Some 77 percent of children and adolescents who got whooping cough in Washington State last year were up to date on their required shots.
This is consistent with another study in California last year, which found new booster shots lost their potency after three years.
So what’s next? Hayes says that the Centers of Disease Control and Prevention is going to examine more immunization records and figure out exactly how long the DTap vaccine works. Then they can decide if more frequent booster shots are required. Read More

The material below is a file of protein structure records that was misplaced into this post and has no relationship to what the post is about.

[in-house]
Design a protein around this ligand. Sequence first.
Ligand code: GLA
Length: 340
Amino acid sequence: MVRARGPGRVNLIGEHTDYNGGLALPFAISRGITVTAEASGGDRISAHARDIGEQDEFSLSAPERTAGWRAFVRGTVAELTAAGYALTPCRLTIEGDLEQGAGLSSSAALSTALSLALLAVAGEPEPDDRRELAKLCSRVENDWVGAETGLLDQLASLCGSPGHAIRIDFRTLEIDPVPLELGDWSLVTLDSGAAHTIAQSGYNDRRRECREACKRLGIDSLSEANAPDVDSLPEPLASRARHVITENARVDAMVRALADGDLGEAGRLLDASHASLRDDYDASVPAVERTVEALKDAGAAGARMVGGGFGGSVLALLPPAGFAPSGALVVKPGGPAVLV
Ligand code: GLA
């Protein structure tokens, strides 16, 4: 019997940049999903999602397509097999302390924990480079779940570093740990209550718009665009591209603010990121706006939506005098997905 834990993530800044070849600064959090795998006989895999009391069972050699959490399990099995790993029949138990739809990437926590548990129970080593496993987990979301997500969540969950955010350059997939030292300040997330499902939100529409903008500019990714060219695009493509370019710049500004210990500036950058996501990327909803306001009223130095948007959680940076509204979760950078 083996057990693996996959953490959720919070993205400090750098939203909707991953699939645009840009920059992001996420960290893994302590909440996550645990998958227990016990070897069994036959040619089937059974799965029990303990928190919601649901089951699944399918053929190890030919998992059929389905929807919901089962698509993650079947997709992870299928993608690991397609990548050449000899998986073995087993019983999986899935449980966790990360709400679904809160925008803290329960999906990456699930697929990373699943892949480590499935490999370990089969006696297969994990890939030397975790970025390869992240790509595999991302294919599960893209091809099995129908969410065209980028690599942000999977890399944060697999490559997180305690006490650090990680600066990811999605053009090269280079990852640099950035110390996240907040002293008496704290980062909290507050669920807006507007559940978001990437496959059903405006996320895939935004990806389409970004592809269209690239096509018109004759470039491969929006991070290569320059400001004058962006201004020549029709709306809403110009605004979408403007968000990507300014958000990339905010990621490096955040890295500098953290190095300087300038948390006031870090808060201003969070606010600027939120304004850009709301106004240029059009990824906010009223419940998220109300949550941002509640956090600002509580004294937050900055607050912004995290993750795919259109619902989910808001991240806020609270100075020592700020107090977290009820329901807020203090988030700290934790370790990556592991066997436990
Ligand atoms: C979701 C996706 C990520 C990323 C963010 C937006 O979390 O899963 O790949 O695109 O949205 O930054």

Dr. Jay’s Note: Other research centered around recent outbreaks have concluded that whooping cough infections are MORE common among children already vaccinated against whooping cough than unvaccinated children.
The National Vaccine Information Center (NVIC) encourages the pubic to become fully informed about whooping cough disease and pertussis vaccine. Also, speak with one or more trusted health care professionals, one who will respect whatever decision you make, before making a decision about vaccination.